A Cluster B personality disorder, Borderline Personality Disorder (BPD) first of all features high drama, emotions, and erratic behavior. What distinguishes this patient from others in Cluster B is the tumultuousness of her life. That is, the pattern characteristic of Cluster B is punctuated by stormy, unstable relationships, suicidal threats and/or attempts, incidents of self-mutilation, and turbulent emotional outbursts. She romanticizes about “ideal love.” Criteria for diagnosis of BPD are the following:

  • pervasive pattern of instability
  • marked impulsivity, including self-dangerous impulsivity (e.g., substance abuse, sex, reckless driving, gambling, spending, binge eating/drinking)
  • frantic efforts to avoid real and imagined abandonment
  • pattern of unstable and intense interpersonal relationships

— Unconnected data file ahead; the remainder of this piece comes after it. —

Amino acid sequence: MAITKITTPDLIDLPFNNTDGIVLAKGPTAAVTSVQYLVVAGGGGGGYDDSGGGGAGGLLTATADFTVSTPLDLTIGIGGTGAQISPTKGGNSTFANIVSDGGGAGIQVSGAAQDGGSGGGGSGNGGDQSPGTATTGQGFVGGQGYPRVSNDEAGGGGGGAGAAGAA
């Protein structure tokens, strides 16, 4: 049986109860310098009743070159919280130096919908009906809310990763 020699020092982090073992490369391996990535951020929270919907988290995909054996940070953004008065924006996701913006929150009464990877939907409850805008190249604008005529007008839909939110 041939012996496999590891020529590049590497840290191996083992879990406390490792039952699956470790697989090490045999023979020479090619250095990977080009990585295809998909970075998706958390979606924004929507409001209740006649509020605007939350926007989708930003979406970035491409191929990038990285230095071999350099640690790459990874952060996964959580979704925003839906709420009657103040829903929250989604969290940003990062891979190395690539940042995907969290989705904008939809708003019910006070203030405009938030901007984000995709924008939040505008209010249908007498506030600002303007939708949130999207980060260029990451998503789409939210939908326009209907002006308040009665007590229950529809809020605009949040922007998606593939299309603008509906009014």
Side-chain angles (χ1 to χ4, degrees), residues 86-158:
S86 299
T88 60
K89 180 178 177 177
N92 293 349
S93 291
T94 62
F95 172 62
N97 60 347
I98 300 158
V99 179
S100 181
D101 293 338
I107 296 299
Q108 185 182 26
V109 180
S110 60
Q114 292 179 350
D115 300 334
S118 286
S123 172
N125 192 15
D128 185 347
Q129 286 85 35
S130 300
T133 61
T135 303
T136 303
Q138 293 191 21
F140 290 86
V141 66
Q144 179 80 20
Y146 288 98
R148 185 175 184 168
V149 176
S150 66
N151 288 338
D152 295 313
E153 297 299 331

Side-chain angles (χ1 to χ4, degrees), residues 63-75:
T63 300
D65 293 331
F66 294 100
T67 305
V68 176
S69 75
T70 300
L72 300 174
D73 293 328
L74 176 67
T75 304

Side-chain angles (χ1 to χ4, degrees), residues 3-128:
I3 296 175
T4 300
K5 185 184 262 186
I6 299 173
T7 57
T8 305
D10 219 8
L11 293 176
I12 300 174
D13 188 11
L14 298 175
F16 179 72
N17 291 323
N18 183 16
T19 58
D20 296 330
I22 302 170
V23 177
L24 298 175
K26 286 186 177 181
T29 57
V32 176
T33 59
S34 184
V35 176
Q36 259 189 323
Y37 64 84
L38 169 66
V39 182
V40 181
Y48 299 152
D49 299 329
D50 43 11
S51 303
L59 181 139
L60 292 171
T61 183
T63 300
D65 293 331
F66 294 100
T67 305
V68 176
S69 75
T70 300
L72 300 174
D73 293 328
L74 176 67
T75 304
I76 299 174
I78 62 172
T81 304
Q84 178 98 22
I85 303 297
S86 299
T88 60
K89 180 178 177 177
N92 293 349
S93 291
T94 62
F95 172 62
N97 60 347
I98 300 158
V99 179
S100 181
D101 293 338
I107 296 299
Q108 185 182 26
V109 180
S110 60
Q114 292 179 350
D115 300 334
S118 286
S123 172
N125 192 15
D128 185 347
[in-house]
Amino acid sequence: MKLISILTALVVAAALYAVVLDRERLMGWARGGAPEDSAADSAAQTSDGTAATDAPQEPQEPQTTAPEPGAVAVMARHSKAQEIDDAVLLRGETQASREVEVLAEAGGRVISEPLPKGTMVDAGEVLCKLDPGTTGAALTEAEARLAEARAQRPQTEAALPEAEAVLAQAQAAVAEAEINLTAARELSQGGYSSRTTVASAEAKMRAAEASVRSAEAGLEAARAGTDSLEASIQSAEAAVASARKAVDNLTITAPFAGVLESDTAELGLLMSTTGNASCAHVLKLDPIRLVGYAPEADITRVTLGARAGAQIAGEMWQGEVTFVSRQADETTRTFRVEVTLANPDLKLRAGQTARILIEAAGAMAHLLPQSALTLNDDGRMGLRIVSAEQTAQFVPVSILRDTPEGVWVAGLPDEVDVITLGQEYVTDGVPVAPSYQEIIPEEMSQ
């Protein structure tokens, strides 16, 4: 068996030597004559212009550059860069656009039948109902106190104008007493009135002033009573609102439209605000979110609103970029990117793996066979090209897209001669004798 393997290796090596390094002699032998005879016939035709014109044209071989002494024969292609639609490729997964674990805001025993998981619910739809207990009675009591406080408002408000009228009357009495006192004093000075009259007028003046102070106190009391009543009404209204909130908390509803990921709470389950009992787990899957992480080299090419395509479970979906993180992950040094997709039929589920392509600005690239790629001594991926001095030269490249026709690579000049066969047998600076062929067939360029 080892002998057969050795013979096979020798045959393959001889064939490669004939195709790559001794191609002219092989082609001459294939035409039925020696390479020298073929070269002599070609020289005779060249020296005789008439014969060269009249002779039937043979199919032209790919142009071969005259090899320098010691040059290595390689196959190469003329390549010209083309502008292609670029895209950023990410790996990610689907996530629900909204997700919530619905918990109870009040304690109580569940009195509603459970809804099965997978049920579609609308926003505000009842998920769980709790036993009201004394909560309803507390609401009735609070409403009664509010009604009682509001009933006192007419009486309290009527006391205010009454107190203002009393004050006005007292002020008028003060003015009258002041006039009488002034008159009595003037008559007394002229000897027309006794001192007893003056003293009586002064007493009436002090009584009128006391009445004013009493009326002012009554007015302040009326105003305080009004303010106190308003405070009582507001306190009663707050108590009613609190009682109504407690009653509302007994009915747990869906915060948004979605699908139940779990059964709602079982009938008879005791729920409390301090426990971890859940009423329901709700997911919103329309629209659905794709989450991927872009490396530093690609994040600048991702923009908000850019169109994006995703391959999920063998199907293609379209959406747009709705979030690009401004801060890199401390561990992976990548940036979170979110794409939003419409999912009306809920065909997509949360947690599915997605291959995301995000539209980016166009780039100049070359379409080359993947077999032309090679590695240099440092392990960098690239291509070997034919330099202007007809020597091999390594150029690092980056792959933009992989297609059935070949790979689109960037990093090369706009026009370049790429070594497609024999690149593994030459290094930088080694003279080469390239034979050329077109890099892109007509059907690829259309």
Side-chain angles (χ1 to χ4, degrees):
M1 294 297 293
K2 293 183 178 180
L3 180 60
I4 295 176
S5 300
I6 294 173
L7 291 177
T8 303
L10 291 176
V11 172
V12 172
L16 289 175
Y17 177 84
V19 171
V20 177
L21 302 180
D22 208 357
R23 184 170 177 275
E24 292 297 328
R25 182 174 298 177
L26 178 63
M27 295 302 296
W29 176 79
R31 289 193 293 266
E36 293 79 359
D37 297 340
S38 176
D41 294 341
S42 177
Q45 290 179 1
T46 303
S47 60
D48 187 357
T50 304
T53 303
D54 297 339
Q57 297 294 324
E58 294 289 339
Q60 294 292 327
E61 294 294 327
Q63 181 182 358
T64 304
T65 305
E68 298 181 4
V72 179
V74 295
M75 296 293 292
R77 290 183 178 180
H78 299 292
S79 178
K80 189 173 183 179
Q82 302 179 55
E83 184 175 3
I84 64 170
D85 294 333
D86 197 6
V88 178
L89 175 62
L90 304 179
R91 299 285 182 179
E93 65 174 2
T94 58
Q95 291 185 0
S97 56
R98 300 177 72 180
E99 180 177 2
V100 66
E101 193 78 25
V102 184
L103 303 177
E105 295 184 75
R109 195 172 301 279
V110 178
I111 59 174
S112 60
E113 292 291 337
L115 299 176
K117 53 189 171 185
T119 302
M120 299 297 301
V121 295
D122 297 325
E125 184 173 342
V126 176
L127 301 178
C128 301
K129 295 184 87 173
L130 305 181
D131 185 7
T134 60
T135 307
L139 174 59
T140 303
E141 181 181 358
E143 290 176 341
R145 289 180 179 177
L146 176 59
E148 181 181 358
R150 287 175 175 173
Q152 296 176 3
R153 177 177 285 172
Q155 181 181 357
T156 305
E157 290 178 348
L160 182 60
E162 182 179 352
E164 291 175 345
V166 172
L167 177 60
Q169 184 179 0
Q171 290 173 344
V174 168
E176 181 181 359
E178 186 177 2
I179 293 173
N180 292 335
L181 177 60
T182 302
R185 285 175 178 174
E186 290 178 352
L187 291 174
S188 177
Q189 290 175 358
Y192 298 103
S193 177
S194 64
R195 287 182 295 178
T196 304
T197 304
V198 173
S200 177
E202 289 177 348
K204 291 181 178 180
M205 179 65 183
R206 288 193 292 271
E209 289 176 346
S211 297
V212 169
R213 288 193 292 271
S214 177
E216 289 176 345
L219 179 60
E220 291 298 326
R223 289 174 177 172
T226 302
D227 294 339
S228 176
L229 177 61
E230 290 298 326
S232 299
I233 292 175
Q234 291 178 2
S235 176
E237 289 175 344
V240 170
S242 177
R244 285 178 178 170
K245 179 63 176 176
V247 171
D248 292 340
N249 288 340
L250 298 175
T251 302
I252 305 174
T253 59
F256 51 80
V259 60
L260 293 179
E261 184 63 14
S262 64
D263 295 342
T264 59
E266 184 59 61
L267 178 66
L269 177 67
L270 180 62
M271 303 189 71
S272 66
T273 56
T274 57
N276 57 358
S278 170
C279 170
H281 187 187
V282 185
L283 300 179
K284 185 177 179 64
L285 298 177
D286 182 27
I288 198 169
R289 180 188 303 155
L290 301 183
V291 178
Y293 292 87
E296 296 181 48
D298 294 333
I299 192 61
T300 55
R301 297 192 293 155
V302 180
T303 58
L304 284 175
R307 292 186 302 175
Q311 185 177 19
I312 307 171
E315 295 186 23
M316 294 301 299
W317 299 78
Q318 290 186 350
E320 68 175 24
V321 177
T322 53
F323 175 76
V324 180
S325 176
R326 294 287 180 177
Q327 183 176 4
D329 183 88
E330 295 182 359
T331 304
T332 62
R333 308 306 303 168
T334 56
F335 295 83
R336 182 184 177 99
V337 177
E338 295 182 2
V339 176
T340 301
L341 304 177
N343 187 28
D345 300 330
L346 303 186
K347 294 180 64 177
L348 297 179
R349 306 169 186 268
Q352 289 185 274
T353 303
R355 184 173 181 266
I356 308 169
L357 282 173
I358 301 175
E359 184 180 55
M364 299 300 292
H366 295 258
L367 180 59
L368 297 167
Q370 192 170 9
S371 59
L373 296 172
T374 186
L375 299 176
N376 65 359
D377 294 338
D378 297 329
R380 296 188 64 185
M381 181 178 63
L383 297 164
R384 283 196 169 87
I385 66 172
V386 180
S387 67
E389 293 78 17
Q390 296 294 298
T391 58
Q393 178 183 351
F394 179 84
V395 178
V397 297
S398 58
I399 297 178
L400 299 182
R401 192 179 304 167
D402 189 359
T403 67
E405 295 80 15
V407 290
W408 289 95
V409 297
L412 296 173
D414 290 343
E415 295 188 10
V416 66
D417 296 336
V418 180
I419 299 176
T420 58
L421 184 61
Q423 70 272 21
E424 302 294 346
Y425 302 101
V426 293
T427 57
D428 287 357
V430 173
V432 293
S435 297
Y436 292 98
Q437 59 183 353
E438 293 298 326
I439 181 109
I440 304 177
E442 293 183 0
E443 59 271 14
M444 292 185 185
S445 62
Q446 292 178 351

• identity disturbance or diffusion
  • persistently unstable self-image or sense of self
  • recurrent suicidal behavior, gestures, or threats; self-mutilation
  • emotional instability
  • intense episodes of dysphoria, irritability, or anxiety
  • chronic feelings of boredom and emptiness
  • inappropriate and intense anger; difficulty controlling anger
  • transient stress-related paranoia or severe dissociative symptoms

These individuals do seek treatment, unlike some of the other Cluster B personalities. There has been some success found in treating these patients with a cognitive behavioral therapy (CBT) protocol called dialectical behavior therapy (DBT) whereby a “first things first” approach is used. They initially work on behaviors related to self-harm, then move on to those involved with non-compliance (with therapy), and finally those associated with the patient’s quality of life.

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